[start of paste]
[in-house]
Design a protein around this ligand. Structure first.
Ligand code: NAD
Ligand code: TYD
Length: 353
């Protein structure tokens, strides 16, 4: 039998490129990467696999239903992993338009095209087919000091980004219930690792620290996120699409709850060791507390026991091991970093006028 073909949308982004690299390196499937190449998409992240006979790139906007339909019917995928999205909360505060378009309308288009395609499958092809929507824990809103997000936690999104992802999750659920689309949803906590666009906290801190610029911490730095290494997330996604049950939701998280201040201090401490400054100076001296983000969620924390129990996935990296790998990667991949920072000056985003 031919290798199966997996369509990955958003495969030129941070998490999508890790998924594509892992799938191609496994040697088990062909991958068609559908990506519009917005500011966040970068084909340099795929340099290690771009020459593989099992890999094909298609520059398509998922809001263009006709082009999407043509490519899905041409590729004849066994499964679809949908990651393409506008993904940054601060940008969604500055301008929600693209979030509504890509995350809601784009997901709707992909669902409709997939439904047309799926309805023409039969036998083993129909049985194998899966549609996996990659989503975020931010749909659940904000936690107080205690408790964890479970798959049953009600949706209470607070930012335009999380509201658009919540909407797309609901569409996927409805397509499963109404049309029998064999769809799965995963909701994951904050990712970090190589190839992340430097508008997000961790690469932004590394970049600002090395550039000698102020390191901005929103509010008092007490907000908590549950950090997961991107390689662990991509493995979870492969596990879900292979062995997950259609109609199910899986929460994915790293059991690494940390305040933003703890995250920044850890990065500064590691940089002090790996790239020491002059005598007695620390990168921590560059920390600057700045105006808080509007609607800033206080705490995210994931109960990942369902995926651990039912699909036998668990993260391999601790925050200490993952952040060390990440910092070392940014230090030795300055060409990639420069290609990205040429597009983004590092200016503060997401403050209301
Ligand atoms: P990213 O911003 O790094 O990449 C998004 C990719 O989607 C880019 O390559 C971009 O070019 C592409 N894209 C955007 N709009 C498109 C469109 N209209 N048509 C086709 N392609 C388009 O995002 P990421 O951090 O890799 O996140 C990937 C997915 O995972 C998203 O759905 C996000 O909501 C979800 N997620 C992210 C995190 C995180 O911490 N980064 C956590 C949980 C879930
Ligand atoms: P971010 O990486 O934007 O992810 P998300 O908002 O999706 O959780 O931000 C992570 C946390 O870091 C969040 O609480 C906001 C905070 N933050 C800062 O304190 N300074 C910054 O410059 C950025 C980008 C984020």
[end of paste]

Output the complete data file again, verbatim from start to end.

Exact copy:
[in-house]
Design a protein around this ligand. Structure first.
Ligand code: NAD
Ligand code: TYD
Length: 353
């Protein structure tokens, strides 16, 4: 039998490129990467696999239903992993338009095209087919000091980004219930690792620290996120699409709850060791507390026991091991970093006028 073909949308982004690299390196499937190449998409992240006979790139906007339909019917995928999205909360505060378009309308288009395609499958092809929507824990809103997000936690999104992802999750659920689309949803906590666009906290801190610029911490730095290494997330996604049950939701998280201040201090401490400054100076001296983000969620924390129990996935990296790998990667991949920072000056985003 031919290798199966997996369509990955958003495969030129941070998490999508890790998924594509892992799938191609496994040697088990062909991958068609559908990506519009917005500011966040970068084909340099795929340099290690771009020459593989099992890999094909298609520059398509998922809001263009006709082009999407043509490519899905041409590729004849066994499964679809949908990651393409506008993904940054601060940008969604500055301008929600693209979030509504890509995350809601784009997901709707992909669902409709997939439904047309799926309805023409039969036998083993129909049985194998899966549609996996990659989503975020931010749909659940904000936690107080205690408790964890479970798959049953009600949706209470607070930012335009999380509201658009919540909407797309609901569409996927409805397509499963109404049309029998064999769809799965995963909701994951904050990712970090190589190839992340430097508008997000961790690469932004590394970049600002090395550039000698102020390191901005929103509010008092007490907000908590549950950090997961991107390689662990991509493995979870492969596990879900292979062995997950259609109609199910899986929460994915790293059991690494940390305040933003703890995250920044850890990065500064590691940089002090790996790239020491002059005598007695620390990168921590560059920390600057700045105006808080509007609607800033206080705490995210994931109960990942369902995926651990039912699909036998668990993260391999601790925050200490993952952040060390990440910092070392940014230090030795300055060409990639420069290609990205040429597009983004590092200016503060997401403050209301
Ligand atoms: P990213 O911003 O790094 O990449 C998004 C990719 O989607 C880019 O390559 C971009 O070019 C592409 N894209 C955007 N709009 C498109 C469109 N209209 N048509 C086709 N392609 C388009 O995002 P990421 O951090 O890799 O996140 C990937 C997915 O995972 C998203 O759905 C996000 O909501 C979800 N997620 C992210 C995190 C995180 O911490 N980064 C956590 C949980 C879930
Ligand atoms: P971010 O990486 O934007 O992810 P998300 O908002 O999706 O959780 O931000 C992570 C946390 O870091 C969040 O609480 C906001 C905070 N933050 C800062 O304190 N300074 C910054 O410059 C950025 C980008 C984020």